Course Reveal & Analysis: Sub7Sub8 Project
After much hype across the various athletes and Phoenix Foundation social media channels in recent weeks, the course and date for the Sub7Sub8 project were finally revealed this Thursday. Everyone knew it would be on a race circuit somewhere, the question was just which one, and when? Brownlee and Blummenfelt, and Charles-Barclay and Spirig, will go head-to-head on the weekend of June 5th-6th at the Dekra Lausitzring. Located just north of Dresden in the North-East of Germany, the athletes will first Swim across Lake Senftenberg before riding 16km to reach the test ring where they will complete 27 laps on the Bike and 12 laps on the Run to complete their Iron Distance triathlon. Read on below to find out more about the course and the parameters that might help the athletes reach their Sub7 & Sub8 goals.
The Swim will be a point-to-point swim across Lake Senftenberg, situated just over 10km from the Dekra Lausitzring. Whilst it was long thought that a sea-swim would be advantageous for this Sub7Sub8 attempt, it’s likely that the risk of waves was weighed up against the reliability of the lake and the ability to compensate for the buoyancy through new Wetsuit technology. There’s not much else to say about the Swim course, other than to hope that the wind will blow in the right direction assist the athletes slightly.
From a race point of view, it’s clear that Lucy Charles-Barclay will lead Spirig after the Swim, especially considering Nicola’s recent broken collarbone, and it’s likely she might even swim faster than the boys. Kristian and Brownlee are likely to be tightly matched over the 3.8km Swim, the important thing to consider will be how easily each of them will be able to get through the swim with the assistance of their pacers, ensuring they conserve the energy required for the Bike and the Run.
The 180km bike course will start with 16km of sweeping German roads to reach the Dekra Lausitring test track from Lake Senftenberg. If the Ineos 159 project is anything to go by, it’s likely the road surface will have been renovated recently to favour rolling resistance! Once they’re on the test track it’s 27 laps of the track with two sweeping corners per lap which don’t require any slowing down. Moreover, the nature of the track means that the athletes will be able to swap their pacers in and out if desired, allowing them to maintain optimal speed.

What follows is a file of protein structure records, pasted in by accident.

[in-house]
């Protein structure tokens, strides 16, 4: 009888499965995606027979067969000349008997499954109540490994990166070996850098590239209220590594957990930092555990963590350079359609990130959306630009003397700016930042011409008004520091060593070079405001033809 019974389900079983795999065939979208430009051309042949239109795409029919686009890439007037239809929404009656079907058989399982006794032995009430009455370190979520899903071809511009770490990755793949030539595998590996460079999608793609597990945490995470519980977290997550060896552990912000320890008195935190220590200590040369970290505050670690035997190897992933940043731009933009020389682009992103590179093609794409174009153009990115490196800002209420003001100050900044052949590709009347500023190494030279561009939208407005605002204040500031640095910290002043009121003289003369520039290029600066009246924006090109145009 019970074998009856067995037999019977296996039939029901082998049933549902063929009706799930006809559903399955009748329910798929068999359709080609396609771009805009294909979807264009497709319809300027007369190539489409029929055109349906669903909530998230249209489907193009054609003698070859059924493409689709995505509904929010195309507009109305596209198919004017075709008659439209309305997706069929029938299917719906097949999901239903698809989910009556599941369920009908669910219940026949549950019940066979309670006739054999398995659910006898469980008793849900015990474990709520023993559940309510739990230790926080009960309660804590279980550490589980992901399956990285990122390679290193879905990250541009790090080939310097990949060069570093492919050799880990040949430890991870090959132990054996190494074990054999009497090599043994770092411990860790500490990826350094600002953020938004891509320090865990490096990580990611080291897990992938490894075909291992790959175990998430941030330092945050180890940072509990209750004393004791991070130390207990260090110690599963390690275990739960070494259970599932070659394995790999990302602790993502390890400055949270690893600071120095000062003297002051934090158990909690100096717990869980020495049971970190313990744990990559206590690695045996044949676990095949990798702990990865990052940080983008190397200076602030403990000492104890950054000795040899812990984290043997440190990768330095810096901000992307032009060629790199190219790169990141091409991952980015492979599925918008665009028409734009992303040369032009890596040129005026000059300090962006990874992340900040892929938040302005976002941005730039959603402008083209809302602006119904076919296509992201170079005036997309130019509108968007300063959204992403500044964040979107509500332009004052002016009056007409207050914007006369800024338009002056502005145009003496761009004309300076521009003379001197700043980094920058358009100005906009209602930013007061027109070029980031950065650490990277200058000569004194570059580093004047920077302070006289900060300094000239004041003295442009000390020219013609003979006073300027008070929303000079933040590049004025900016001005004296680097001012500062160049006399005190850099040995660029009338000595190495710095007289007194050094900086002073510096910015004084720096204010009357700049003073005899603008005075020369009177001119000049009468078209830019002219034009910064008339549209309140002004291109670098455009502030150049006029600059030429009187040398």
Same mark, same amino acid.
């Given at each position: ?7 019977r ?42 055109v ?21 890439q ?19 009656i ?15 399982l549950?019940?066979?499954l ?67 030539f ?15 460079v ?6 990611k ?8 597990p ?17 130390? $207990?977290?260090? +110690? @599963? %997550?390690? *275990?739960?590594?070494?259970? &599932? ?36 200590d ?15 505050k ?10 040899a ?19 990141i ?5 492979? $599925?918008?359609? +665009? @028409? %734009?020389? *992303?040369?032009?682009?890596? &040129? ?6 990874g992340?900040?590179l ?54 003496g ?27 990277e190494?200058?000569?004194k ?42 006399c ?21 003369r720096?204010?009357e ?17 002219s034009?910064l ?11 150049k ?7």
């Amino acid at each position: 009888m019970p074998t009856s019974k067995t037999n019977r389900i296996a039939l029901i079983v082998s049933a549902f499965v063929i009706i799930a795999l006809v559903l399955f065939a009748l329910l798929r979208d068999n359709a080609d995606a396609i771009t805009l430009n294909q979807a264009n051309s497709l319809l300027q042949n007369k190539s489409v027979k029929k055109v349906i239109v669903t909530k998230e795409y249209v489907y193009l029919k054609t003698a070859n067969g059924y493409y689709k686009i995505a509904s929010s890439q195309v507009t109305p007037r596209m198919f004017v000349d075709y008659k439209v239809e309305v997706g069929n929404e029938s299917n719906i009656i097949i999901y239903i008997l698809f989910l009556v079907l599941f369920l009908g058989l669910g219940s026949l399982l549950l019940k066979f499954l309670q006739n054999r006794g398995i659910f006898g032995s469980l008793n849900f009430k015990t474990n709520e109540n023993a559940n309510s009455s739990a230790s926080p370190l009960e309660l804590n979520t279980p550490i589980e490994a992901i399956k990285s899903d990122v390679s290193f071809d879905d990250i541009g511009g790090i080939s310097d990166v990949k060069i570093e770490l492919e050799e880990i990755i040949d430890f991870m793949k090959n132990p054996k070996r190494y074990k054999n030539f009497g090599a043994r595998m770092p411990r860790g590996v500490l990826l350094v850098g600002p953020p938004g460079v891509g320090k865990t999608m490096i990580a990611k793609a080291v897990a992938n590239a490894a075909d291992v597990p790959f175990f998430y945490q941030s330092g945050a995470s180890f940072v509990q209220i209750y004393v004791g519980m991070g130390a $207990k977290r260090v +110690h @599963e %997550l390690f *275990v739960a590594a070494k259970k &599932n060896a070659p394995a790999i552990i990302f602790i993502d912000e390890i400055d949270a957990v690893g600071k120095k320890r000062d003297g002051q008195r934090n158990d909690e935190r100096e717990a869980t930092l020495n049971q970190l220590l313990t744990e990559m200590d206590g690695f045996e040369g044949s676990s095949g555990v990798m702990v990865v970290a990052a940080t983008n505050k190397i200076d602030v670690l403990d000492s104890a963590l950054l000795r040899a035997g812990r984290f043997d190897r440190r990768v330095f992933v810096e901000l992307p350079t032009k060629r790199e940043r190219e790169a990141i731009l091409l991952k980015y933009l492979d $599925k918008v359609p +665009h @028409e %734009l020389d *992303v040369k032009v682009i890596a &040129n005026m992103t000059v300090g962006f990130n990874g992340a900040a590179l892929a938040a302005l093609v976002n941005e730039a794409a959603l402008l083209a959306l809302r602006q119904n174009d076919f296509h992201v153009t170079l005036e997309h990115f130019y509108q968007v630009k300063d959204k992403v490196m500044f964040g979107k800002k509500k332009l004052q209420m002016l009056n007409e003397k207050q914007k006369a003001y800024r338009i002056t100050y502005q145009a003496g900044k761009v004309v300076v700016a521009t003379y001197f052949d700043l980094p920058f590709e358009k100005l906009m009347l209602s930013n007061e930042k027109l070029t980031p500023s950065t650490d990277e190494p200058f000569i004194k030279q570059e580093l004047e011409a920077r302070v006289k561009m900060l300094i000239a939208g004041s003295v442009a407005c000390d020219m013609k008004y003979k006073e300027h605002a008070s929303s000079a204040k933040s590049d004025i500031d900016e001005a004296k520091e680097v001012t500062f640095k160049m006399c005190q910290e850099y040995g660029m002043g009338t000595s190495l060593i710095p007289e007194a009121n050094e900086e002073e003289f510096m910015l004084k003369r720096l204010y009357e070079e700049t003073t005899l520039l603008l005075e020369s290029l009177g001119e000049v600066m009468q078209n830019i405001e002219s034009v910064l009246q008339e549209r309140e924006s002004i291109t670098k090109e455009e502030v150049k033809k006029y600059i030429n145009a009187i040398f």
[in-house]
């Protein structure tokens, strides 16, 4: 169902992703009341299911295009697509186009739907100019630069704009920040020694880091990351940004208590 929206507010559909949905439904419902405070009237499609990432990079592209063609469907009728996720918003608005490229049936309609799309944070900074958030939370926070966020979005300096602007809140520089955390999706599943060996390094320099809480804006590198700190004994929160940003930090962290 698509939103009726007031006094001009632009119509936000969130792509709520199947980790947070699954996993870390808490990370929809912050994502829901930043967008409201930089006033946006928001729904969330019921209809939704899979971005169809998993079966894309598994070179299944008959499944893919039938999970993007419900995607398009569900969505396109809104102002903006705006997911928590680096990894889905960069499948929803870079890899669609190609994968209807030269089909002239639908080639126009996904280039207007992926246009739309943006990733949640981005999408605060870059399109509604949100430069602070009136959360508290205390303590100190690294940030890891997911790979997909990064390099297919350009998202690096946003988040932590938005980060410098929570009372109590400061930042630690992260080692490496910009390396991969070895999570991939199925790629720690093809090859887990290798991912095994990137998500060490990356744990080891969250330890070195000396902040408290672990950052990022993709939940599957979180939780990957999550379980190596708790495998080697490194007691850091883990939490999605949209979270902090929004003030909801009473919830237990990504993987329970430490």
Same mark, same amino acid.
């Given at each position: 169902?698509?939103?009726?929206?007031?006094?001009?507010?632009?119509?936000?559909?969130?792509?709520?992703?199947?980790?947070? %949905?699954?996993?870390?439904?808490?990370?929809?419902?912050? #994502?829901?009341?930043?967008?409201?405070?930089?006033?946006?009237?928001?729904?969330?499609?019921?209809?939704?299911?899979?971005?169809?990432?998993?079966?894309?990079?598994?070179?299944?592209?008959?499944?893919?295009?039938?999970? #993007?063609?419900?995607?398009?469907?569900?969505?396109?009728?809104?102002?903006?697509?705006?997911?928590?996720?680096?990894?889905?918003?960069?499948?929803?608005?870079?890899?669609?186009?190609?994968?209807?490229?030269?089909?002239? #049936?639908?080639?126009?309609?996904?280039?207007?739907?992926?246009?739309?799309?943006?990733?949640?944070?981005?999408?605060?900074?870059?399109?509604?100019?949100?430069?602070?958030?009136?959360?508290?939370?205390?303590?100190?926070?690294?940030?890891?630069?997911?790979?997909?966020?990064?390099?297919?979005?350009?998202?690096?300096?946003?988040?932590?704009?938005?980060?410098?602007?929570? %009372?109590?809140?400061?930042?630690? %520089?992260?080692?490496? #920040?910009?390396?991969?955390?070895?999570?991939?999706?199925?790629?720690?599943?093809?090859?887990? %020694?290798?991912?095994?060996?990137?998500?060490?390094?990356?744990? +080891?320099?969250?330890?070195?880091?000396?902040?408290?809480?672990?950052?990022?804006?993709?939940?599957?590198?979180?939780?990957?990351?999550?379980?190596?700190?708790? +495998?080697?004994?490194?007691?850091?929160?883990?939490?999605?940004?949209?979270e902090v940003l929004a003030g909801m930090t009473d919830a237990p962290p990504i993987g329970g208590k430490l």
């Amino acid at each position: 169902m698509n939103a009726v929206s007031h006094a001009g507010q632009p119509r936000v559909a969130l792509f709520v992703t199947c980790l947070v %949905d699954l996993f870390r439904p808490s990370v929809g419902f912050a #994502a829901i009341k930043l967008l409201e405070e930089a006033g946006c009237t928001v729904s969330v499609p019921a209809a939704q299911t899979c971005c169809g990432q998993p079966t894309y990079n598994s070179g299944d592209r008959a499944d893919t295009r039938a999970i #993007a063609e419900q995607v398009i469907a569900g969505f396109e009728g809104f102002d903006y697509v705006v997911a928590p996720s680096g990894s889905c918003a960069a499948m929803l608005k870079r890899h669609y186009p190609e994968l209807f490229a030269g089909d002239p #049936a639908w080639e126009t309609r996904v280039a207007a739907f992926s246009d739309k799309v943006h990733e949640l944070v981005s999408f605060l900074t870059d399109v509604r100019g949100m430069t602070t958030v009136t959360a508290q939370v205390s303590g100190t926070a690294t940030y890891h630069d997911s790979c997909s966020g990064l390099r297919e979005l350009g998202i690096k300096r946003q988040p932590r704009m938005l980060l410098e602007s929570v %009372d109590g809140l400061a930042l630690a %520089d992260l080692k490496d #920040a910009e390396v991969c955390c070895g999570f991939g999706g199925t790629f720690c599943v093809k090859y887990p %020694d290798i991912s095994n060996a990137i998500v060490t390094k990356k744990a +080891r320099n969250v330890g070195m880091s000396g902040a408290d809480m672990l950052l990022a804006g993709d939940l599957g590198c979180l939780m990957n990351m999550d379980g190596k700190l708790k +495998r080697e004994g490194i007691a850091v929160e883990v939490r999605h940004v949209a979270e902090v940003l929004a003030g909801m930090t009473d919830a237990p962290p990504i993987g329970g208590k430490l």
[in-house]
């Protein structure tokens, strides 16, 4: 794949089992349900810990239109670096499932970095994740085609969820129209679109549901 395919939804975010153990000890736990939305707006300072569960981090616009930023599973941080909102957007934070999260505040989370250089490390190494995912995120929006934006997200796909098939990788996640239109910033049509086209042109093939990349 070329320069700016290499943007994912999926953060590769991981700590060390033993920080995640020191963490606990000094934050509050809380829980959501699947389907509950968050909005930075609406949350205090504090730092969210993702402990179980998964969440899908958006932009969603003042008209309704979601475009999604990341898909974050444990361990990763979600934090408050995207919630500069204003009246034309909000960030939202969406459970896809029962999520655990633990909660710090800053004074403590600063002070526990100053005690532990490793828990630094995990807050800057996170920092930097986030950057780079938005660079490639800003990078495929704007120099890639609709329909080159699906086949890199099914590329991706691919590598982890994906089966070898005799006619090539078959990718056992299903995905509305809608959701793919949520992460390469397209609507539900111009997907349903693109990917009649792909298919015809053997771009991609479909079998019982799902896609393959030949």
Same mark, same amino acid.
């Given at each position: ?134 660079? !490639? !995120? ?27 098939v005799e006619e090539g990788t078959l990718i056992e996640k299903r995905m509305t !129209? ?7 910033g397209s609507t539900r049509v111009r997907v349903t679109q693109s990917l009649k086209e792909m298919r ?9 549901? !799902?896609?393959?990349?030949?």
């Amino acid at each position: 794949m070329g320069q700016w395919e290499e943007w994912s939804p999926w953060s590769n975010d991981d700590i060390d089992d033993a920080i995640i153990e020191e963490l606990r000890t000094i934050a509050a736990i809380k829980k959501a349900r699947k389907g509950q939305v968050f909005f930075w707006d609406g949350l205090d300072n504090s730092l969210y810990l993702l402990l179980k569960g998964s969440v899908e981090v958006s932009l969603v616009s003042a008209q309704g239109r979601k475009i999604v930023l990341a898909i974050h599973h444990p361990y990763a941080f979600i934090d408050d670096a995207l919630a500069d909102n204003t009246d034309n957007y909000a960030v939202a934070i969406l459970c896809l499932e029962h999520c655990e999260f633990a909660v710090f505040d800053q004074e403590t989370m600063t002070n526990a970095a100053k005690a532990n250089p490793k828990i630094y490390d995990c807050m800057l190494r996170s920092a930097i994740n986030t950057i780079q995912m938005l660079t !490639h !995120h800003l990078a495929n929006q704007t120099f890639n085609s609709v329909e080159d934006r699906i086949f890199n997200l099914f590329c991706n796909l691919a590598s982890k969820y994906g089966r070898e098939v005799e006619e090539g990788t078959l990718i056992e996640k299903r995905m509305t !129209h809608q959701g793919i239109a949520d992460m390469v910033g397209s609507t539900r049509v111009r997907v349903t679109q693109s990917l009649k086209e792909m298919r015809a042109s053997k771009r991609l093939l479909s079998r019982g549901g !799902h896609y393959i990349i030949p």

If you look at Jan Frodeno going under the 4h barrier riding solo at the Zwift Battle Royale last summer, you can see that the course was far from optimised compared to this track, it’s feasible that the guys aiming to go Sub7 can go under 3:45 with the assistance of their pacers. Spirig and LCB will also approach the 4hr barrier on the bike, slicing up to 15 or even 20 minutes off the current female bike record over the Iron distance.
The pacing and drafting strategy of the four athletes will be of the most interest over this discipline, with the effect of drafting in Cycling allowing athletes to save up to 30% of energy output if conditions are optimised. Being economical on the bike will be key to running a fast marathon, but this mustn’t come at the expense of speed as the male athletes will be looking to ride close to 50km/h if they want to go significantly Sub-4 and 45/kmh to reach that 4hr landmark for the women. We will be able to predict the strategies a bit better next month once the athletes reveal their teams but knowing the four personalities something tells me they will each have a slightly different approach!
There’s not much to say about the Run course, other than that it’s almost identical to the Bike course. The Run will feature 12 counter clockwise laps of the Dekra Lausitzring, with negligible climbing and no technical sections or corners to slow the athletes down. Once they’re settled into their pace the athletes will be able to rely on their pacers to hopefully lead them around the Marathon and assist with carrying and supplying the fuelling so they can focus on maintaining their running economy and a solid pace to the finish.
Whilst the Run course doesn’t present many difficulties, other than being 42.195km long, it is likely to be where the Sub7 & Sub8 projects are either made or broken. On the women’s side Lucy Charles-Barclay is likely to start the Run in the lead and have to run in the region of a 2:40-2:45 Marathon to go Sub-8, whilst Nicola Spirig will be hot on her heals and probably looking to go under 2:40 to reach the Sub-8 goal. On the Men’s side again it’s hard to predict where they will be compared to each other, but a Sub 2:30 Marathon for both athletes will be required to get anywhere near the Sub7 mark. We will probably know a little more about the race dynamics once Kristian and Alistair reveal their pacing team, as the strategy is likely to impact their times on the Bike quite significantly.
Ever the optimist, I strongly believe both barriers will be broken. After cruising to a 7:21 debut Ironman in Cozumel in conditions that were far from ideal, Blummenfelt will be confident that with all the cards in his hands the 7-hour barrier is well within reach. The same applies for Brownlee who has a 7:40 and change Ironman to his name in Western Australia, he’s had basically 2 years since then to hone his long-distance strategy, and if past performances on big days are anything to go by then Brownlee must be counted on! On the women’s side it seems plausible that both can also go Sub-8, and LCB might even be able to go under 7:45 if everything goes perfectly. Spirig has minimal experience over the Ironman distance, but her pedigree suggests that a Sub 8 Ironman is feasible in the right conditions.
We will all stay tuned at the end of the month to see who each athlete chooses for their pacing team, and the first showdown at Ironman St George in May will give us all an indication of how the preparations are going for June!